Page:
The defendant's backpack held marijuana and methamphetamine. He had already served nearly three years in prison for the offenses prior to this week's verdict.

The case is People v. Mead.

Georgia: Governor Signs Law Licensing Low-THC Oil Production

Atlanta, GA: Republican Gov. Brian Kemp has signed legislation into law to facilitate the licensed production and distribution of oils and other products containing limited amounts of plant-derived THC.

House Bill 324 (aka Georgia's Hope Act) establishes a regulatory commission to oversee the eventual "production, manufacturing, and dispensing" of products possessing specified quantities of plant-derived THC to qualified patients. The law allows for the licensing of up to six privately owned cultivation operations, and also seeks collaboration with the University of Georgia in the manufacturing of THC-infused extracts and oils.

Under a 2015 state law, qualified patients are exempt from criminal prosecution for the possession of oil extracts containing not more than 5 percent THC and an amount of CBD equal to or greater than the amount of THC. However, the law failed to provide any mechanism for patients to obtain low-THC products from a state-regulated producer or provider.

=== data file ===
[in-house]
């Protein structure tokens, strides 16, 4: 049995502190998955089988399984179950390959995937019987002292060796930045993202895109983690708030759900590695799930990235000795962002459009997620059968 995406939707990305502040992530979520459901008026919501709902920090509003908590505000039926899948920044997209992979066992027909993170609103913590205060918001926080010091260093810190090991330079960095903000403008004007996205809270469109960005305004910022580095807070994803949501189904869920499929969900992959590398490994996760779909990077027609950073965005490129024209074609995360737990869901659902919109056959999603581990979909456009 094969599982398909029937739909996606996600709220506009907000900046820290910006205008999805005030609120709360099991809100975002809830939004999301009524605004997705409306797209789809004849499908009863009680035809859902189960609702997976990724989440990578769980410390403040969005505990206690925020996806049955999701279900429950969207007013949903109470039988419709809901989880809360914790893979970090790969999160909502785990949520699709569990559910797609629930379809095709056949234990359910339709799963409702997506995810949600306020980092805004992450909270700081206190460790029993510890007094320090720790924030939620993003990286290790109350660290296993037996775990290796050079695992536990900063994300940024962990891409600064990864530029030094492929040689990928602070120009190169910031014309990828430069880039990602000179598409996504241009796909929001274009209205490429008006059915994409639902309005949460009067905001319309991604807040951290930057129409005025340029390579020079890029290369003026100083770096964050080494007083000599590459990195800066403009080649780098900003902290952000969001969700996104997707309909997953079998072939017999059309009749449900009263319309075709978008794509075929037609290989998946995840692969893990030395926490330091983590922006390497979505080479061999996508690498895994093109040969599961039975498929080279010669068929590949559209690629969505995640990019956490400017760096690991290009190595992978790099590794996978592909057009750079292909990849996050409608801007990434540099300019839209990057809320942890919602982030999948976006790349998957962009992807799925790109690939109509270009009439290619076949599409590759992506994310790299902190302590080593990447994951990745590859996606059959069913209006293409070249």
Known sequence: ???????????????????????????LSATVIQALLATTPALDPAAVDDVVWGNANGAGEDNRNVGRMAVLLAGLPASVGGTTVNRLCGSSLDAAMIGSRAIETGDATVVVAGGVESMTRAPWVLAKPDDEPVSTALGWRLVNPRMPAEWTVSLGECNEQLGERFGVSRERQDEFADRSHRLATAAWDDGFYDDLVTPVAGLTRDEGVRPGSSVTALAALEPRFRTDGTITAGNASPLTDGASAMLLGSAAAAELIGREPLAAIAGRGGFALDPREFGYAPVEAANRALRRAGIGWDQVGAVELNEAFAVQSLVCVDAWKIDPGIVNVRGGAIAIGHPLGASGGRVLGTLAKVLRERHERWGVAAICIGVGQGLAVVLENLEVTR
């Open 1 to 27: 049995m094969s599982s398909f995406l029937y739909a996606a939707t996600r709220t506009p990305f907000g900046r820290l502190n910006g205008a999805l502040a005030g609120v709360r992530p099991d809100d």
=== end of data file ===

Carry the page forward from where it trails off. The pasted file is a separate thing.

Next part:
Approximately 9,500 patients are currently registered with the state to possess medical cannabis products.

It is anticipated that it may take up to two years before any state-licensed facilities are up and running.

Washington: Governor Signs Legislation Permitting Medical Cannabis Use On School Grounds

Olympia, WA: Democratic Gov. Jay Inslee signed legislation, House Bill 1095, permitting qualified patients access to cannabis-infused products while on school grounds.

The new law explicitly permits parents or guardians "to administer marijuana-infused products to the student while the student is on school grounds." It also mandates that school districts "permit a student [who is a qualified medical cannabis patient] to consume marijuana-infused products ... on school grounds, aboard a school bus, or while attending a school-sponsored event."